Canterbury

Canterbury Archaeological Trust, the Historic Towns Trust and Canterbury Christ Church University are creating a Historical Map of Canterbury

Canterbury is one of England’s best-known and most visited cities. It is also one of its most historic.

Founded before the Roman conquest, the city became a Roman provincial capital with a theatre and temple complex. After Augustine arrived in 597, Canterbury was a key Christian centre and eventually the seat of England’s premier archbishop. Following the murder of Archbishop Thomas Becket in the cathedral in 1170, it was a focus of European pilgrimage. After the Reformation it became a centre of trade and commerce and a regional capital as well as continuing to be a major church centre.

In spite of damage sustained during the Second World War, it has a substantial stock of medieval buildings and is the home to three UNESCO World Heritage sites.

We are creating an historical map of Canterbury, to add to our series of Town & City Historical Maps. The map is now well advanced and is at the editing stage.

Information on Canterbury's history is being provided by Canterbury Archaeological Trust. Since CAT published a historical map of Roman and Medieval Canterbury in 1990, archaeological and historical research has revealed much more about the city and its development.  As a result, there is far more information now available that will benefit from being shown on the new map. The Centre for Kent History and Heritage at Canterbury Christ Church University is also a partner in the project.

The historical map uses a digitised OS map of 1907 to form the background - a time when Canterbury was home to a huge military presence and yet Kent's orchard's came well into the city boundary.

The reverse of the map will have a gazetteer of Canterbury's many historic buildings and sites, and a series of maps showing the Roman settlement at different phases of its existence, as well as illustrations of the old city.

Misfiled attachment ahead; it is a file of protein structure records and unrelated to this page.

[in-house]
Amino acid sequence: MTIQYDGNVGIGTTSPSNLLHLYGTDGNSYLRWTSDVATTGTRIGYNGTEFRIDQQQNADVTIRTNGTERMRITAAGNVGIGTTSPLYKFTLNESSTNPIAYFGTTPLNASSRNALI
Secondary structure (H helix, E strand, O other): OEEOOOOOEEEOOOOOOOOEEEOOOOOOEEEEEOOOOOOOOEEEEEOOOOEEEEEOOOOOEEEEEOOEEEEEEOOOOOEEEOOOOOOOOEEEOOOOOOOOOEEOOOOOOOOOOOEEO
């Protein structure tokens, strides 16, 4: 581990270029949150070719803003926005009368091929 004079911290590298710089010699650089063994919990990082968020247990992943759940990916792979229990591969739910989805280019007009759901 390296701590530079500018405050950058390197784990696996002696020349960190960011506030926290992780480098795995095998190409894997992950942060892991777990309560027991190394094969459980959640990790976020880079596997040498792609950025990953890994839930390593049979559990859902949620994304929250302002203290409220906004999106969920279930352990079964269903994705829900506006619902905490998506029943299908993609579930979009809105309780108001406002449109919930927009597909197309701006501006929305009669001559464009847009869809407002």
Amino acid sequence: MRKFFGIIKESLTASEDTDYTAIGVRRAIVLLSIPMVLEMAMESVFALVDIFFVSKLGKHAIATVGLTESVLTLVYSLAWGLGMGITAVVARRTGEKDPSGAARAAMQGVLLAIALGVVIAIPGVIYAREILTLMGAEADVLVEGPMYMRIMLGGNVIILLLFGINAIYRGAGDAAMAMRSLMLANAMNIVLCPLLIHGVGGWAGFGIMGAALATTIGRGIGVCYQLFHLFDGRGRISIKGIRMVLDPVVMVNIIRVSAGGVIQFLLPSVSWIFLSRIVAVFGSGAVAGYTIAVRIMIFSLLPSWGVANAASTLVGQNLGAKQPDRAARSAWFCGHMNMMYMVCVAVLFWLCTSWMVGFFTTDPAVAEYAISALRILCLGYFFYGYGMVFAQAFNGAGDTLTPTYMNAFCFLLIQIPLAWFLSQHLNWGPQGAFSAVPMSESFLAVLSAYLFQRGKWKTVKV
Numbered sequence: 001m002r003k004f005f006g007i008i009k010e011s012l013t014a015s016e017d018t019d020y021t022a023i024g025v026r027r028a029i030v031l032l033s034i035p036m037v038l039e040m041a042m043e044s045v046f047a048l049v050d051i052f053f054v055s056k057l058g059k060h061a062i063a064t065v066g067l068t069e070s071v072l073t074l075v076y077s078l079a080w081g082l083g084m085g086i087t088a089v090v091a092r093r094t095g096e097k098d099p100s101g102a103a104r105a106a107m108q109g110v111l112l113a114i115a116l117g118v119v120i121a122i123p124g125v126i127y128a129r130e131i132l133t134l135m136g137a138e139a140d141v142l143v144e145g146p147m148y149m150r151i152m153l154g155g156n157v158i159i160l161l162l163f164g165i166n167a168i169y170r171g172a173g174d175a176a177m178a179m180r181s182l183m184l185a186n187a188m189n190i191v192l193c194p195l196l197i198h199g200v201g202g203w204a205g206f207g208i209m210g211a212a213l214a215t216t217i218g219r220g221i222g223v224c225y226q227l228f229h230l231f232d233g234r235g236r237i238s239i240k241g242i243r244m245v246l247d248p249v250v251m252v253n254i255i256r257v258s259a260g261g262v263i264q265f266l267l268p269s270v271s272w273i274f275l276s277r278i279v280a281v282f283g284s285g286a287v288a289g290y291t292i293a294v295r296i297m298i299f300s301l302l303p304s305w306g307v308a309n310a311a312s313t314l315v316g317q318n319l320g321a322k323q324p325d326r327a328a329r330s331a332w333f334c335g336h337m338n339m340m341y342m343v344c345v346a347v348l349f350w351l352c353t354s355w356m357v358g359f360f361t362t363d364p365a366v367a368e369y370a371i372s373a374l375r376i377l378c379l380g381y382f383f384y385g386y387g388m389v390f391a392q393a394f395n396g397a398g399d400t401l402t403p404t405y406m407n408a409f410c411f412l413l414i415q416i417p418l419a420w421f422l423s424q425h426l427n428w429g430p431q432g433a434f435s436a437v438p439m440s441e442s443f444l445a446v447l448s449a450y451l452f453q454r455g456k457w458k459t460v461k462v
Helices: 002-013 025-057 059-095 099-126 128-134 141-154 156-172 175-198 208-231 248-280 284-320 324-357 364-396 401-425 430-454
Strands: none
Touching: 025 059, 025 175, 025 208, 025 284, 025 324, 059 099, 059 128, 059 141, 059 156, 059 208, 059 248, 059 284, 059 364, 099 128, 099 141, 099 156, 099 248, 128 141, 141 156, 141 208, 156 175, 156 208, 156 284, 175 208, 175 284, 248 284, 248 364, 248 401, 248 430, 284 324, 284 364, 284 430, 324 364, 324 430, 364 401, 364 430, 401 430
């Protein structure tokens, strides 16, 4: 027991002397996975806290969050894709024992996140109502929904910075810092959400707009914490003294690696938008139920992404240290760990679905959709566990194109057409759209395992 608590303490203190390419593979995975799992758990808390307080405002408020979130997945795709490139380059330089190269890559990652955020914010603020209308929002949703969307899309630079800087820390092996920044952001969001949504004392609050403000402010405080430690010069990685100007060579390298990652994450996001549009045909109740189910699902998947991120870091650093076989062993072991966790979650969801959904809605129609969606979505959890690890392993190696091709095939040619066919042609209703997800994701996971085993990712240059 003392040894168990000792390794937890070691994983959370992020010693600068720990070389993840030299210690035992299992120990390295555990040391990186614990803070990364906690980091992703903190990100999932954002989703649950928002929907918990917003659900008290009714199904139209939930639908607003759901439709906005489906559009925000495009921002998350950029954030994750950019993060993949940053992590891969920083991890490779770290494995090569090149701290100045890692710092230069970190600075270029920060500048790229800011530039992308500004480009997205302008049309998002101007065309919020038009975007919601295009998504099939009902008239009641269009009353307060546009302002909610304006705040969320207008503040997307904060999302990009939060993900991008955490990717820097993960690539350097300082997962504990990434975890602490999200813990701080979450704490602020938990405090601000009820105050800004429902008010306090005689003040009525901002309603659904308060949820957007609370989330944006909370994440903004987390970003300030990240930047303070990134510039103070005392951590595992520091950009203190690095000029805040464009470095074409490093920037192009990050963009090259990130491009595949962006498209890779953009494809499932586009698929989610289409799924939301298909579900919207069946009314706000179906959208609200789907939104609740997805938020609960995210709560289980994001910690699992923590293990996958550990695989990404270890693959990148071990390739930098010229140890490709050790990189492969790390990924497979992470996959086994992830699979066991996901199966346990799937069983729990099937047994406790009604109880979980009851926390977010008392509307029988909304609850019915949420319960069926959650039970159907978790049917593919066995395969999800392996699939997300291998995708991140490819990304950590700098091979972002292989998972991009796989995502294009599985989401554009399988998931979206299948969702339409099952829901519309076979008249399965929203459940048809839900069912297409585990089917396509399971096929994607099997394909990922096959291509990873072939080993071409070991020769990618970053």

An extract from the forthcoming map showing St Augustine's Abbey site

Publication: autumn 2020

ISBN: 978-0-9934698-8-6

RRP: £9.99

 

The project depends on our raising funds to pay for the map production and printing. Can you help us?

The Canterbury Archaeological Trust is leading the fund-raising campaign and we're asking individuals and organisations if they would like to contribute to this amazing project. We are very happy to be able to report that we have received a grant towards the map's publication from the Marc Fitch Fund which we gratefully acknowledge.

Our target is to raise £10,000. Even small donations will help us acheive our goal.  Every contribution really does count.

Contributions can be made by cheque or by PayPal.  Please add the reference ‘Historical Map’.
Cheques (made out to Canterbury Archaeological Trust Ltd) can be sent to: CAT, 92A Broad Street, Canterbury CT1 2LU.  PayPal payments can be made to finance@canterburytrust.co.uk

If you can Gift Aid your donation, we can claim an additional 25%. Please let us know your address and we’ll send you a form.

 

Once the map is published, we're hoping to continue to the production of a full British Historic Towns Atlas volume on Canterbury, allowing us to publish a series of maps showing this remarkable city at key points in its development.